there are implications to all. what are the implications to loss of life?
loss of life creats grief for those left behind. The person facing death fears pain, loss of control, dependancy on others.
what is grief?
an emotional response to a loss
it has 5 Lubler Ross stages:
which stage of grief do we act like nothing has happened?
denial, the first stage of grief
describe bargaining as a grief coping mechanism
individual postpones awareness of the reality of the loss and try to deal in ways as thro the loss can be prevented
what is postive about acceptance phase of grief?
accepting loss allows the look into the future
There is the Bowlby's 4 phases of Mourning:
yearning and searching
what is yearning & searching
rouses emotional outbursts or tearful sobbing and acute distress
a painful phase but must be endured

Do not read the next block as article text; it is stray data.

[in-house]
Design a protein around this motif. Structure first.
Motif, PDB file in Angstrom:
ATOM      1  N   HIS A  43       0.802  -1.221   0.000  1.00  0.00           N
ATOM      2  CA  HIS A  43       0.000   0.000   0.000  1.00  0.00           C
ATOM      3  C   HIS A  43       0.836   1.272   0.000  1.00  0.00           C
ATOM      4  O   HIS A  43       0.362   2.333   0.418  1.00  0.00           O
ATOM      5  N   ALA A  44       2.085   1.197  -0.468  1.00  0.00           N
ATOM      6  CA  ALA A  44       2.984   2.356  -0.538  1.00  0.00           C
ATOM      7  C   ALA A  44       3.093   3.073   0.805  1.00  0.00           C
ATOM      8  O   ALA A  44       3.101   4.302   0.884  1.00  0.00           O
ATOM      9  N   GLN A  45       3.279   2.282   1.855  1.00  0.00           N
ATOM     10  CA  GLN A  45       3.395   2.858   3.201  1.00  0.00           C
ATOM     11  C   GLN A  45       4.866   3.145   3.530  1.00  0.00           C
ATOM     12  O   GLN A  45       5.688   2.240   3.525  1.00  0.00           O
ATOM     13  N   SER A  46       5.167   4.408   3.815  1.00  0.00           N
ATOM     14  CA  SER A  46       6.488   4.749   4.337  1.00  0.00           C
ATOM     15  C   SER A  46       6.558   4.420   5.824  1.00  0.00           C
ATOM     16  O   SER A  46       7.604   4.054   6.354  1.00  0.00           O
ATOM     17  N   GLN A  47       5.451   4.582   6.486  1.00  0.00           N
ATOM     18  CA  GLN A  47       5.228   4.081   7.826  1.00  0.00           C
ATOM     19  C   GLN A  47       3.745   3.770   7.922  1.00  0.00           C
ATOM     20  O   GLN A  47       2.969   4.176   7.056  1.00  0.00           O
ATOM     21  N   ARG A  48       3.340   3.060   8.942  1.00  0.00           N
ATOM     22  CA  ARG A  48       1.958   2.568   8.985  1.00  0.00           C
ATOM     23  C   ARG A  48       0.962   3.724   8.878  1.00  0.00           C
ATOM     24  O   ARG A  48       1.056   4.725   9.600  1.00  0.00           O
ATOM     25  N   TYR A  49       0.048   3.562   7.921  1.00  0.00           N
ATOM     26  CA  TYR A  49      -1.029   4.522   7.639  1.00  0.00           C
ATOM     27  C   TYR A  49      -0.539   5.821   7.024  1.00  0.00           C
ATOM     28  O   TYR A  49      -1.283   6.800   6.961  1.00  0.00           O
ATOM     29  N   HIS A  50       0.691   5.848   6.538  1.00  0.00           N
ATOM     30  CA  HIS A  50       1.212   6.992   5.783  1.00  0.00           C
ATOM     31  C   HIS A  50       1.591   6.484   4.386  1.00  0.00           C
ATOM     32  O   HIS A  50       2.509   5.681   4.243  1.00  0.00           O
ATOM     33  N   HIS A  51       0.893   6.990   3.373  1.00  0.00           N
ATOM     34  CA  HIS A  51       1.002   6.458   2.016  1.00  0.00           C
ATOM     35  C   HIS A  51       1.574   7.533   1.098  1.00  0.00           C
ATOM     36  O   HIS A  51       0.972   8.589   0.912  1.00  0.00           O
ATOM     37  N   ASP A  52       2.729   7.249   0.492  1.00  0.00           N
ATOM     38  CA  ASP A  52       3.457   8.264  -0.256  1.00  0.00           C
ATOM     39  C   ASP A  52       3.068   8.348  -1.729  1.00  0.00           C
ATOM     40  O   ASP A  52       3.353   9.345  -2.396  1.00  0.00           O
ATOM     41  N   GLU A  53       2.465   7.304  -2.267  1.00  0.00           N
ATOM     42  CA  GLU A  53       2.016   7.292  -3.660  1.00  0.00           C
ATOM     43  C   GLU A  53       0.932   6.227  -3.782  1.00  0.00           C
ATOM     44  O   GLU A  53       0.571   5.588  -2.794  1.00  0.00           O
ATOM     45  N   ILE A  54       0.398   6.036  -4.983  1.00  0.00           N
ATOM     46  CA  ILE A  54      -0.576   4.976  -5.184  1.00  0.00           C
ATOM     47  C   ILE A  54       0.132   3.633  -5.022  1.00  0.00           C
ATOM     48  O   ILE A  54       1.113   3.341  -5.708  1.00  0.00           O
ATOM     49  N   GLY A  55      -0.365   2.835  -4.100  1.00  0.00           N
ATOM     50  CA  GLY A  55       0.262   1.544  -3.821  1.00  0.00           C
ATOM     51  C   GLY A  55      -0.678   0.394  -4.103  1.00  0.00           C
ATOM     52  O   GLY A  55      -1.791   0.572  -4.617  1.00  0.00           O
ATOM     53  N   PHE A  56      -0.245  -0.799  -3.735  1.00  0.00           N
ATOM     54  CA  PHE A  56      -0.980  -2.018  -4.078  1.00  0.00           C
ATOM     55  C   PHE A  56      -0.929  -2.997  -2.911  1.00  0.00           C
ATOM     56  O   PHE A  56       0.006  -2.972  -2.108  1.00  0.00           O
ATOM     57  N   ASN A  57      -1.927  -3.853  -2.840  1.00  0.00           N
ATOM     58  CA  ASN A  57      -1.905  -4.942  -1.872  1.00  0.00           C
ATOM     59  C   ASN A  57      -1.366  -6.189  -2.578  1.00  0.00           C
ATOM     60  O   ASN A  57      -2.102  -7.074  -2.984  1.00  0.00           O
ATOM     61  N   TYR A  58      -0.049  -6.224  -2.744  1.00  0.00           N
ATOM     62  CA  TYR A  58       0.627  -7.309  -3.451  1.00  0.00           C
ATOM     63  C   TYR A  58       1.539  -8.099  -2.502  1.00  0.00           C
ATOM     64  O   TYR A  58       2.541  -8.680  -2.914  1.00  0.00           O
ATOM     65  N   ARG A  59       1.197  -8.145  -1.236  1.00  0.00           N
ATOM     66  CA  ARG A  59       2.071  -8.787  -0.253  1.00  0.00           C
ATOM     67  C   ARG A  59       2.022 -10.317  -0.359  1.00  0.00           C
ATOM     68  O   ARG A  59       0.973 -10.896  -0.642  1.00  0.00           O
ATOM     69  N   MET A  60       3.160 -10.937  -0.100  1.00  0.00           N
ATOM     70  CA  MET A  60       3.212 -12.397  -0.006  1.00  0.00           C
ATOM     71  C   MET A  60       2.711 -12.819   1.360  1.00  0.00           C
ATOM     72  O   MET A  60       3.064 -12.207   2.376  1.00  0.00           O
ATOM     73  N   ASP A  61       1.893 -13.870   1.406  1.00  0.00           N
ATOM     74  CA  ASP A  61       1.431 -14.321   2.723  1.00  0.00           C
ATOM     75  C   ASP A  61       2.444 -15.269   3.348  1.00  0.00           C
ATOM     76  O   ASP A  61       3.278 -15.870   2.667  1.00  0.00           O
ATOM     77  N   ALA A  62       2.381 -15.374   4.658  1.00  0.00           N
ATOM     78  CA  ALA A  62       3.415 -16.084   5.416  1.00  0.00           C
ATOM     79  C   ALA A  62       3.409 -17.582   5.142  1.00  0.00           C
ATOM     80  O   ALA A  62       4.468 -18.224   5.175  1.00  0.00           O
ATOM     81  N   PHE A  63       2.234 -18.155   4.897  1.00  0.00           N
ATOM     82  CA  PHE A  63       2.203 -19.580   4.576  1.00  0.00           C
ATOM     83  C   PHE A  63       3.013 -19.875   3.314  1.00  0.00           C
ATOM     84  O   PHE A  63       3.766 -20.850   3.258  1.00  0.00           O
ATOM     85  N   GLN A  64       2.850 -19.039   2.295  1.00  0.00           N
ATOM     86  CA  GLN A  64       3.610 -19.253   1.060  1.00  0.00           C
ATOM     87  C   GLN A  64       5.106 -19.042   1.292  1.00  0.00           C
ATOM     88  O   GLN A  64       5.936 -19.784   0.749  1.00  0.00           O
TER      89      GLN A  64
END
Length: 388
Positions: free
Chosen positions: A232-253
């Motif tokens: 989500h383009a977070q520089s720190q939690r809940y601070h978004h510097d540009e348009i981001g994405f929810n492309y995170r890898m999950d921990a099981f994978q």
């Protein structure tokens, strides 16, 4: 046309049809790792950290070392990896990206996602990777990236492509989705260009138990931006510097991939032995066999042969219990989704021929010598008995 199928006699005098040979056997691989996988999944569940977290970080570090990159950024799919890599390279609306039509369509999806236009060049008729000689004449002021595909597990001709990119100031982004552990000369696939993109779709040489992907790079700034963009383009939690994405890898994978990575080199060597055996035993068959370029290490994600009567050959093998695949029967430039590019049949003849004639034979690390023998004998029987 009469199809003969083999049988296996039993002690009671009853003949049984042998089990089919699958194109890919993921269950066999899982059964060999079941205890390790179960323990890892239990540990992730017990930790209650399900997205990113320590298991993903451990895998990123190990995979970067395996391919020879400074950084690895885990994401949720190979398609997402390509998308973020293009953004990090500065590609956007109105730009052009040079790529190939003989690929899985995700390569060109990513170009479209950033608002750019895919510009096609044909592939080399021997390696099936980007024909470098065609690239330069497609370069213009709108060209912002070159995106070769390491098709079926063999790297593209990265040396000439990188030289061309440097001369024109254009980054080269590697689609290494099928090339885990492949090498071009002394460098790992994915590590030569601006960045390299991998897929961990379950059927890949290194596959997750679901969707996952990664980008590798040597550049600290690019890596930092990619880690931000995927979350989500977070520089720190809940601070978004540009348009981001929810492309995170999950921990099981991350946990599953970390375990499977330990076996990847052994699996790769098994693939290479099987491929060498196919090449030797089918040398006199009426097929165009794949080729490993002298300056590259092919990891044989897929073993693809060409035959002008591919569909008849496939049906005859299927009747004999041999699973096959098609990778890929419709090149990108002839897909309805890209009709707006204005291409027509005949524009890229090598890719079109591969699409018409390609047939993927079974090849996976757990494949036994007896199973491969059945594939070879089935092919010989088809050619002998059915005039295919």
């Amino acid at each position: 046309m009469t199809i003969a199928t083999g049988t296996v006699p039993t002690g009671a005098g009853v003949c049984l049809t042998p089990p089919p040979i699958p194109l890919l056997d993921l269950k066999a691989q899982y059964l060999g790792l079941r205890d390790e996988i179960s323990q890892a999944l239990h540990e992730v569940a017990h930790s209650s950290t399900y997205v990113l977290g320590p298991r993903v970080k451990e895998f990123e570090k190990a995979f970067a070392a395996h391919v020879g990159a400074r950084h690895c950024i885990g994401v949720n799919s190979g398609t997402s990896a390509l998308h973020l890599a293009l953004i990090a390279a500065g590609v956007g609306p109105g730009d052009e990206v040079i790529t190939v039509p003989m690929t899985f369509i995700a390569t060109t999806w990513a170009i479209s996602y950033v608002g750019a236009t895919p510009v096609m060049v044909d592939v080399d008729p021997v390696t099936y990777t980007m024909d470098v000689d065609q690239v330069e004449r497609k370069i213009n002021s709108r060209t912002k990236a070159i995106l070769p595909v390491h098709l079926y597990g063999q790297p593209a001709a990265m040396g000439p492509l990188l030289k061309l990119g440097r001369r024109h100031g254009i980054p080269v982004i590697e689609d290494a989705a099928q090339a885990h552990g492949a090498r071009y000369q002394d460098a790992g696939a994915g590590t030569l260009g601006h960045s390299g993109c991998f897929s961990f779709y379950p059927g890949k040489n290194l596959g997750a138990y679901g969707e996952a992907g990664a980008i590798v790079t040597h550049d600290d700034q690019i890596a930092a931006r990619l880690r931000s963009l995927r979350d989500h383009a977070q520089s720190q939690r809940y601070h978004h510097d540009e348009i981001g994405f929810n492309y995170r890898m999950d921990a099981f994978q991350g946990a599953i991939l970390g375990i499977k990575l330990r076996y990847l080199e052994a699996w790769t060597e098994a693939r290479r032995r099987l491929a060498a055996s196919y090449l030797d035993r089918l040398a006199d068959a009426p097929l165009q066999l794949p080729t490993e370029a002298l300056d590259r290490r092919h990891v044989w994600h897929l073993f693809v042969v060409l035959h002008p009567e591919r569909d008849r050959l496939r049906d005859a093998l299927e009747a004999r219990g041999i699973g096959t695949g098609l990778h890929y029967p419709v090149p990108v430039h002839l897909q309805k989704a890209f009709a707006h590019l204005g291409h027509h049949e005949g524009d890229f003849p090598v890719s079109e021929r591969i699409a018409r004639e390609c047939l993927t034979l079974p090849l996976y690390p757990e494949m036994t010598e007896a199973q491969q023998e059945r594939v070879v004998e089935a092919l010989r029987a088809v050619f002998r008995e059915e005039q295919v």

nursing knowledge is usually focused on the acute care setting so
losses are more physical in nature
what does losses in the home or community setting involve?
more comprehensive and different
So developing nursing interventions are different for each case!
factors influencing loss grief:
human development
psycosocial perspectives
socioeconomic status
personal relationships
nature of loss
culture & ethnicity
spiritual beliefs ***********
How does spirituality play with loss & grief?
hope and meaning to life
rituals & practices people can depend on for healing
pts/clients w/ strong interconnections to a higher power cope better with loss and grief
It is important for nurses to understand how people cope w/ loss and grief b/c developing interventions will involve ...
reinforcement of patient's successful coping mechanisms and introduction of new coping mechanisms
Hope is defined as anticipation of a continued good. an improvement or lessening of ...
something unpleasant
page 574 has a diagram of critical thinking with assessment in the middle with 4 concepts around it. knowlege experience standard and attitudes
what are these 4 things